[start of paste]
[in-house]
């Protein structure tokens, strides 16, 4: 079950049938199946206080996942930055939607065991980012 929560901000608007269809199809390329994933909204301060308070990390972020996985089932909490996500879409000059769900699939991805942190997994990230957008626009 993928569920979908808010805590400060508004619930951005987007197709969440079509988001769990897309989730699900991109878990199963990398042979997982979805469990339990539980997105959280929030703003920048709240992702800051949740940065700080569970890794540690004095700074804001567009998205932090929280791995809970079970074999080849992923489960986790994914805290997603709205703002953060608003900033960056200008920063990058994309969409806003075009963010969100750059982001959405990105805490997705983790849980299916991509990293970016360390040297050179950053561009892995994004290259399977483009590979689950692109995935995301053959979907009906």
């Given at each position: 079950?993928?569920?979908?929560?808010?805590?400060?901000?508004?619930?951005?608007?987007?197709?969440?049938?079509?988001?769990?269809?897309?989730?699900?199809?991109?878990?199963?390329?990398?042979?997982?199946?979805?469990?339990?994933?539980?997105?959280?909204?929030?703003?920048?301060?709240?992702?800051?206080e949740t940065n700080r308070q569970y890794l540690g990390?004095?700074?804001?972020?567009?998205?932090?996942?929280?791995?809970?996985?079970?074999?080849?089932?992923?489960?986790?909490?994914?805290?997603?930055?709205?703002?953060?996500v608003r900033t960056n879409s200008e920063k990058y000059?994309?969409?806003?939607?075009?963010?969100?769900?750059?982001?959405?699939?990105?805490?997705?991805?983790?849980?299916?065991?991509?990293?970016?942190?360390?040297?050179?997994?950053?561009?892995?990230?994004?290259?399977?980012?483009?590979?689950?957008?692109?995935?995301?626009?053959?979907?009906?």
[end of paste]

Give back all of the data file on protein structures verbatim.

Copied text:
[in-house]
């Protein structure tokens, strides 16, 4: 079950049938199946206080996942930055939607065991980012 929560901000608007269809199809390329994933909204301060308070990390972020996985089932909490996500879409000059769900699939991805942190997994990230957008626009 993928569920979908808010805590400060508004619930951005987007197709969440079509988001769990897309989730699900991109878990199963990398042979997982979805469990339990539980997105959280929030703003920048709240992702800051949740940065700080569970890794540690004095700074804001567009998205932090929280791995809970079970074999080849992923489960986790994914805290997603709205703002953060608003900033960056200008920063990058994309969409806003075009963010969100750059982001959405990105805490997705983790849980299916991509990293970016360390040297050179950053561009892995994004290259399977483009590979689950692109995935995301053959979907009906």
């Given at each position: 079950?993928?569920?979908?929560?808010?805590?400060?901000?508004?619930?951005?608007?987007?197709?969440?049938?079509?988001?769990?269809?897309?989730?699900?199809?991109?878990?199963?390329?990398?042979?997982?199946?979805?469990?339990?994933?539980?997105?959280?909204?929030?703003?920048?301060?709240?992702?800051?206080e949740t940065n700080r308070q569970y890794l540690g990390?004095?700074?804001?972020?567009?998205?932090?996942?929280?791995?809970?996985?079970?074999?080849?089932?992923?489960?986790?909490?994914?805290?997603?930055?709205?703002?953060?996500v608003r900033t960056n879409s200008e920063k990058y000059?994309?969409?806003?939607?075009?963010?969100?769900?750059?982001?959405?699939?990105?805490?997705?991805?983790?849980?299916?065991?991509?990293?970016?942190?360390?040297?050179?997994?950053?561009?892995?990230?994004?290259?399977?980012?483009?590979?689950?957008?692109?995935?995301?626009?053959?979907?009906?």